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Published On: Mon, Jun 16th, 2014

Iraq crisis prompts WHO action: Polio, measles and diarrhea of utmost concern

With the humanitarian crisis in Iraq, the World Health Organization (WHO)  is working with local and international partners in Iraq to meet the urgent health needs of populations affected by the ongoing crisis.

The regions of Ninewa, Salaheddin and Diyala provinces have been hit extraordinarily hard.  More than 500 000 people are estimated to have fled their homes in Mosul and surrounding areas. An estimated 100 000 have entered Erbil and 200 000 have fled to Dohuk. Almost 25 000 are seeking shelter in schools and mosques in Mosul City, many with no access to drinking- water, as the main water station for the area was destroyed by bombing, and food shortages are being reported. As the fighting continues, hundreds of thousands more are stranded at checkpoints with no belongings or money for housing, food, water or medical care. Accurate figures of casualties are unavailable but stand in the hundreds.

WHO is concerned about the health situation, which is expected to deteriorate given increasing numbers of people requiring humanitarian assistance and the difficulties faced in channelling human resources and logistics from Baghdad to affected areas.

Immediate and critical health risks of concern to WHO include the spread of measles, which is endemic in Mosul and could potentially lead to outbreaks, especially in overcrowded areas where internally-displaced persons are located. The spread of polio is also a high risk as new cases were reported in the country earlier this year as a result of the Syria crisis.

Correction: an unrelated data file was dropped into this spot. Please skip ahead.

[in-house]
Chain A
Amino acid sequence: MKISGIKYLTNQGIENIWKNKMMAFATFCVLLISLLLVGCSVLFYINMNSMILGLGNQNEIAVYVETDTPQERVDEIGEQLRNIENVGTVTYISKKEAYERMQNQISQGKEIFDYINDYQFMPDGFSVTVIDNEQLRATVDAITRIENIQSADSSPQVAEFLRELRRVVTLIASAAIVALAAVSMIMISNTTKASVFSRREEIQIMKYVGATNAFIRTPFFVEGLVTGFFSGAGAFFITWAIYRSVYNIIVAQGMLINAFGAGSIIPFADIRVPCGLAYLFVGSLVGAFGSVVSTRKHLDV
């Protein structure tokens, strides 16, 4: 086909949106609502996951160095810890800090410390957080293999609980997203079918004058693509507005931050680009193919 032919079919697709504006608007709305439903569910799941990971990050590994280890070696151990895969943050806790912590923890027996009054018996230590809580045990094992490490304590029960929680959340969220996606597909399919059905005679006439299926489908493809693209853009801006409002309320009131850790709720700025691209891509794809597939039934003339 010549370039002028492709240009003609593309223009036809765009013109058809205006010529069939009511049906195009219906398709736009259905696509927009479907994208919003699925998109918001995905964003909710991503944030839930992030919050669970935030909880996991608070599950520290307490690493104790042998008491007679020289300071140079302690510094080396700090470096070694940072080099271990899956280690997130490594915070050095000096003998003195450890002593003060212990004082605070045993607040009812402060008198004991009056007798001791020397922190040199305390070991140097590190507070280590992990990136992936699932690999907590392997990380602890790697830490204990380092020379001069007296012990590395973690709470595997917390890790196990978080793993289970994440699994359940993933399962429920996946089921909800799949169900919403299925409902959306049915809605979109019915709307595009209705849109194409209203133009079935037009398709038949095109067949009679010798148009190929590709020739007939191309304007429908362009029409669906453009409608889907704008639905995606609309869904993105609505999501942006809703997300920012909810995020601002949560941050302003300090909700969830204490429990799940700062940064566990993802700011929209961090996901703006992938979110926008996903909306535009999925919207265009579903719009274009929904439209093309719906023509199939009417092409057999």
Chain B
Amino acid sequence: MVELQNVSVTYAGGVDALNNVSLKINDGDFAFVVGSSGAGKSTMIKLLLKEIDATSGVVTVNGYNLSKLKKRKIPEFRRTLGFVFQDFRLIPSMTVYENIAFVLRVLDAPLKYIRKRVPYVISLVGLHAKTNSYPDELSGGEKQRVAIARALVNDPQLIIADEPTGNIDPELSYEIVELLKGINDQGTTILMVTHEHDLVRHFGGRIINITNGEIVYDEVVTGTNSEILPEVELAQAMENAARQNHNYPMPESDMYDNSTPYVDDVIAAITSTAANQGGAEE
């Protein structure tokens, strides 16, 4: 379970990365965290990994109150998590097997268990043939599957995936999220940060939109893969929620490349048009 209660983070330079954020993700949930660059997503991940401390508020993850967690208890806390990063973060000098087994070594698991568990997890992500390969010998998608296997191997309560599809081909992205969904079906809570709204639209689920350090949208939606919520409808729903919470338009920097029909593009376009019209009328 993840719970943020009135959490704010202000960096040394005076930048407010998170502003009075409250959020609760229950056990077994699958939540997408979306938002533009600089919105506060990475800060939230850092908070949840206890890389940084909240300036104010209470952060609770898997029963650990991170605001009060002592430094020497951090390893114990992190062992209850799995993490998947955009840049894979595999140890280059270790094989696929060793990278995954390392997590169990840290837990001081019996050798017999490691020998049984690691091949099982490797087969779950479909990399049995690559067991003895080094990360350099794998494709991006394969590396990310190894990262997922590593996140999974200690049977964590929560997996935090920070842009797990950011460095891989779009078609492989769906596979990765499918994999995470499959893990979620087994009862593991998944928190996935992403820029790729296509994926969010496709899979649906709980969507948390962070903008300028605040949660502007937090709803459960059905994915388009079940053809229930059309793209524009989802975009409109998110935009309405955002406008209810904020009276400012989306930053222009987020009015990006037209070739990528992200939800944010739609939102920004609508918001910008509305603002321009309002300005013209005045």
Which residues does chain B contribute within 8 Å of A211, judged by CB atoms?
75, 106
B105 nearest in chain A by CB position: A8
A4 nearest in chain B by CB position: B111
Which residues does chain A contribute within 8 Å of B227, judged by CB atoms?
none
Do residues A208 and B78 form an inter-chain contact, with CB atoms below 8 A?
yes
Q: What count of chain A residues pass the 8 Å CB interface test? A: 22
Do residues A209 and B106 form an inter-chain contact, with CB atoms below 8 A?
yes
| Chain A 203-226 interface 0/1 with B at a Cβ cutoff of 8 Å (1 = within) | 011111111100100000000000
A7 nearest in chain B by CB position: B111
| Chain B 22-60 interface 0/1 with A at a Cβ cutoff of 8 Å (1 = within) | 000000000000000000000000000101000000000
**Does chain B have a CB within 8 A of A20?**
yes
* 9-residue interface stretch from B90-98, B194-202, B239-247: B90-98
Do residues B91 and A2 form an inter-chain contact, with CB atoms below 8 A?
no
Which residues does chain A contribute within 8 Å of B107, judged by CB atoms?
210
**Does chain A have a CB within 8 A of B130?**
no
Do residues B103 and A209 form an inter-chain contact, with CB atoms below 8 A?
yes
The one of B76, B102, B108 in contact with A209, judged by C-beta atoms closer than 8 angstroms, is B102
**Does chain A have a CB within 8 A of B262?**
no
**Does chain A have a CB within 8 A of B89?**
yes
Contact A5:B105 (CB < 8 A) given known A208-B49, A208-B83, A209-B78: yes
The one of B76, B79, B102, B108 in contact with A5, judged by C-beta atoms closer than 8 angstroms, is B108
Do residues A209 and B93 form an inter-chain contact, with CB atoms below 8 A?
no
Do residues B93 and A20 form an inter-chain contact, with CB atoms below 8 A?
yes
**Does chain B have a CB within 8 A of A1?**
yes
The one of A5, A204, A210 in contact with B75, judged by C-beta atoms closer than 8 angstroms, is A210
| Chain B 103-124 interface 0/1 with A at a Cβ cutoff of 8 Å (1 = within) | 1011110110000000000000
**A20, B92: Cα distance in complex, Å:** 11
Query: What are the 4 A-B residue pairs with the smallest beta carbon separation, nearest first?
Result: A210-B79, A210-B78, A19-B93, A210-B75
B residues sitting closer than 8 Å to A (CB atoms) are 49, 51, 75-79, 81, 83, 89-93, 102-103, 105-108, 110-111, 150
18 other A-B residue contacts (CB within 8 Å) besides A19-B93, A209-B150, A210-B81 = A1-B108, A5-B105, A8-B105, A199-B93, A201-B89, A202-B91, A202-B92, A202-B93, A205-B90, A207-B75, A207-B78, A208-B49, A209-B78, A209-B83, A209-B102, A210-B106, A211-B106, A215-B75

To monitor disease outbreaks, WHO has strengthened its disease early warning alert and response system in Kurdistan and Mosul. WHO is also launching emergency polio and measles vaccination activities for internally-displaced persons with the directorates of health in Dohuk and Erbil.

As water and sanitation services are likely to be interrupted as a result of the crisis, there is an increased risk of waterborne diseases, such as acute watery diarrhoea, especially as temperatures rise during the coming summer months. A team from WHO is currently on the ground assessing the risk of epidemics in affected areas and will ensure that systems are in place to rapidly respond and contain disease outbreaks.

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About the Author

- Writer, Co-Founder and Executive Editor of The Global Dispatch. Robert has been covering news in the areas of health, world news and politics for a variety of online news sources. He is also the Editor-in-Chief of the website, Outbreak News Today and hosts the podcast, Outbreak News Interviews on iTunes, Stitcher and Spotify Robert is politically Independent and a born again Christian Follow @bactiman63

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  1. Too Little, Too Late: Polio in Syria » Muftah says:

    […] to prevent polio’s rise is sadly lacking despite large-scale vaccination campaigns. The humanitarian crisis in Iraq, subsequent increase in internally displaced Iraqis, and inevitable strain on an already […]

  2. In Iraq, Freedom Is On the March! | Mike the Mad Biologist says:

    […] I write freedom? I meant polio and measles (boldface […]

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